“As the work depicted Port Phillip Bay further south, and as Arthur Boyd lived in Brighton and then Sandringham, it better suited Bayside’s art collection and the extensive Boyd family legacy in that area (including an eponymous council ward).
“The Councillors had agreed to defer acceptance of donations to our Collection and this had been discussed with them prior to the decision.
“The specific nature of this request – ie whether or not to accept the particular painting – was not brought to their attention. (emphasis added)
“We are undertaking a program of work to try and make our Collection more accessible to the community. It is felt that this needs to be the priority right now, rather than further acquisition. If you wish to discuss at all, please don’t hesitate to contact me.”
The email was signed by Lauren Bialkower Manager City Growth and Culture. Only in local government – especially CoPP – would you get such a title and a description of their bureaucratic activities as a ‘program of work.’.
I replied: “Thank you Lauren. Your reply was much appreciated. I fully understand the position. In any bureaucracy planning, strategy sessions etc should have higher priority than receiving an important and valuable painting. And after all you wouldn’t want to consult the elected officials before passing up the opportunity to get a $50k painting by a famous artist. Who knows what sort of decisions they might want to get involved after such a precedent?”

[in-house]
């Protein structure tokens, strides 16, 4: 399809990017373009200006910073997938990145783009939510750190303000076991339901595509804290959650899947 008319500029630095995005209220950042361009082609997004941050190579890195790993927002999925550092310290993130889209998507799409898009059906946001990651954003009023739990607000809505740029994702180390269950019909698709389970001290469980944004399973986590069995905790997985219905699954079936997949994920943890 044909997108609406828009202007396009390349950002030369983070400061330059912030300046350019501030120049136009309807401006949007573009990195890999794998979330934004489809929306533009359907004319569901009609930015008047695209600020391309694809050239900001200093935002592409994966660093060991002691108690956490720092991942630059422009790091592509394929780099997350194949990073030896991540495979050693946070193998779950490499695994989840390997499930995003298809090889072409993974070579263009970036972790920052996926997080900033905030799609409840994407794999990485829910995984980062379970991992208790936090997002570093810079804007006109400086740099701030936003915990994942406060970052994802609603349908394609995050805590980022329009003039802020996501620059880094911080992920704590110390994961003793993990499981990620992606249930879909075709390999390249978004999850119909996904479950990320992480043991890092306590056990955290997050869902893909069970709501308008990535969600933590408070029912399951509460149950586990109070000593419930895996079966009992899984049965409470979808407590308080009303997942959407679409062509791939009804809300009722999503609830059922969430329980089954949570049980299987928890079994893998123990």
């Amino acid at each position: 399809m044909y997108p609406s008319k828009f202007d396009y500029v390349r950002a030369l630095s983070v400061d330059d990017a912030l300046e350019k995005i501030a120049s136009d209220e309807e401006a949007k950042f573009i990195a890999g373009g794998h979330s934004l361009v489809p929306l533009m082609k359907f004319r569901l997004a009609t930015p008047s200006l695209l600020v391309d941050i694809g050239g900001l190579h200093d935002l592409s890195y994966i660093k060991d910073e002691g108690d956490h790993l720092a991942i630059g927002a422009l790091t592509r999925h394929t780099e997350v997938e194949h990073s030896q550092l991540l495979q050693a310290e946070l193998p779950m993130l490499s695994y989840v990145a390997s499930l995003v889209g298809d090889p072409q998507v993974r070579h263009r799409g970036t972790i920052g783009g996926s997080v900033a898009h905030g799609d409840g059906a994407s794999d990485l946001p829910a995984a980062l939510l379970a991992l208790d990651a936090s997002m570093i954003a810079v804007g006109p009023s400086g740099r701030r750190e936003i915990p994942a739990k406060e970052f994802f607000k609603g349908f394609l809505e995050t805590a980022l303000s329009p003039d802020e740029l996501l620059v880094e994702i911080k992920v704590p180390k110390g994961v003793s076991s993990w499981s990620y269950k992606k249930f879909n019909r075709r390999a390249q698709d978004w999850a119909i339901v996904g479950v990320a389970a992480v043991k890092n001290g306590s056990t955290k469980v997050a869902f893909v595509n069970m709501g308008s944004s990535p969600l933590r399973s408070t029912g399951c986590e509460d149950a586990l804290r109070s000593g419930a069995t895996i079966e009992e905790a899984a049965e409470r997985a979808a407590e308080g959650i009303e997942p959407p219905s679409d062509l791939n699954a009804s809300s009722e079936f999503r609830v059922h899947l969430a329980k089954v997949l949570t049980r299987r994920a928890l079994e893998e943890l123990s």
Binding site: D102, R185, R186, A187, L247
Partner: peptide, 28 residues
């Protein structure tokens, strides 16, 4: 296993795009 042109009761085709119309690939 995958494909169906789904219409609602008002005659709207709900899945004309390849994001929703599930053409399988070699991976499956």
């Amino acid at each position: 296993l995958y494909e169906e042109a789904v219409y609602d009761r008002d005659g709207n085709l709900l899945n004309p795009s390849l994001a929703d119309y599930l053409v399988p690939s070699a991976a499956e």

There seem to be a number of lessons from this. First, Councillors have very little say in what goes on in the City. Second, the Council staff are constantly contemplating their navel before embarking on yet more policy and strategy planning which will suffice until the next re-organisation. Third, Council staff have so little flexibility and/or interest in Councillor opinion that they cannot even advise councillors that a situation has arisen which might necessitate reconsidering an aspect of an ongoing ‘program of work’.